Why do Univalve Shells of Gastropods Coil so Tightly? A Head-Foot Guidance Model of Shell Growth and its Implication on Developmental Constraints
Tight coiling with whorl overlap is the most frequent mode of shell coiling in gastropods. A new model of shell growth, the “head-foot guidance model”, implies that the contact of the head-foot mass with the mantle edge plays the main role in producing tight coiling. Computer simulation of the model suggests that the head-foot guidance mechanism imposes developmental constraints on the evolution of gastropods; 1.) bilaterally symmetric coiling is associated with bilaterally symmetric musculature of the foot mass; 2) tight coiling is associated with the contact of the head-foot mass and the mantle edge; 3) insertion of the foot muscle occurs in gastropods with an uncoiled shell.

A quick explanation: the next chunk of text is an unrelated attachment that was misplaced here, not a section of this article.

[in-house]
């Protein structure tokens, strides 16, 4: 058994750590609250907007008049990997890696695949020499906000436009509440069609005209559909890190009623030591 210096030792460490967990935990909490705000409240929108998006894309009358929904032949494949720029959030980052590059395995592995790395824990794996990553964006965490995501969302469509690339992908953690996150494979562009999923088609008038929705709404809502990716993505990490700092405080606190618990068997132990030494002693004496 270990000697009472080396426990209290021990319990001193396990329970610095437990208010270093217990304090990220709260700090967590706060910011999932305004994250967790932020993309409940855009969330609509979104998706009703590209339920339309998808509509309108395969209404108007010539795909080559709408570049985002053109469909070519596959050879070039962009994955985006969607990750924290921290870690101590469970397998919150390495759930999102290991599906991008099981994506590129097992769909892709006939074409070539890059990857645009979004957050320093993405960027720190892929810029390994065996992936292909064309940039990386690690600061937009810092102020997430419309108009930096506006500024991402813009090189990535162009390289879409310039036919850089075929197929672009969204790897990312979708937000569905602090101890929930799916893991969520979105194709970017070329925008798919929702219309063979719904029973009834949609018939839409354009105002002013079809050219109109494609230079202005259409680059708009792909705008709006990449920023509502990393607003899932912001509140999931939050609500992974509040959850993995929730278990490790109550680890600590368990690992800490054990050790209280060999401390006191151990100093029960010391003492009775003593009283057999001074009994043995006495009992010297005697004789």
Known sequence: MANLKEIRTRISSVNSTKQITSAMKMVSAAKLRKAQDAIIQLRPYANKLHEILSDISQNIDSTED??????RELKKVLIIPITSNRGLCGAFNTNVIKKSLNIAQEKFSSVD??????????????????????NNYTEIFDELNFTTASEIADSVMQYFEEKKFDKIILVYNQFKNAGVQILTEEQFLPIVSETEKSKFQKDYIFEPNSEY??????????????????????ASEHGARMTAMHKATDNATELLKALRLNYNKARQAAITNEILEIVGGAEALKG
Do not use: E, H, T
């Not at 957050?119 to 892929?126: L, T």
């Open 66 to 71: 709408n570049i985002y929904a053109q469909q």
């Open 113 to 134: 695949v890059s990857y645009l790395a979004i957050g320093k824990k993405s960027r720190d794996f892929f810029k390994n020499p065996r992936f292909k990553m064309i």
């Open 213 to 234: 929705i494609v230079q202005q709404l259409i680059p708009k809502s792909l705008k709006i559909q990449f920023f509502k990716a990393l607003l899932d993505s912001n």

KeywordsContact Pressure Shell Growth Developmental Constraint Univalve Shell Life Position
Unable to display preview. Download preview PDF.
- 2.Hickman, C.S. (1993). Theoretical design space: A new program for the analysis’ of structural diversity. N.Jb.Geol.Palaeont, Abh., 190 (2/3), 169–182.Google Scholar
- 6.Morita, R. (1993). Developmental mechanics of retractor muscles and the “dead spiral model” in gastropod shell morphogenesis. N. Jb. Geol. Palaeont. Abh., 190 (2/3), 191–217.Google Scholar
- 7.Raup, D. M. (1966). Geometric analysis of shell coiling: general problems. J. Paleontology, 40 (5), 1178–1190.Google Scholar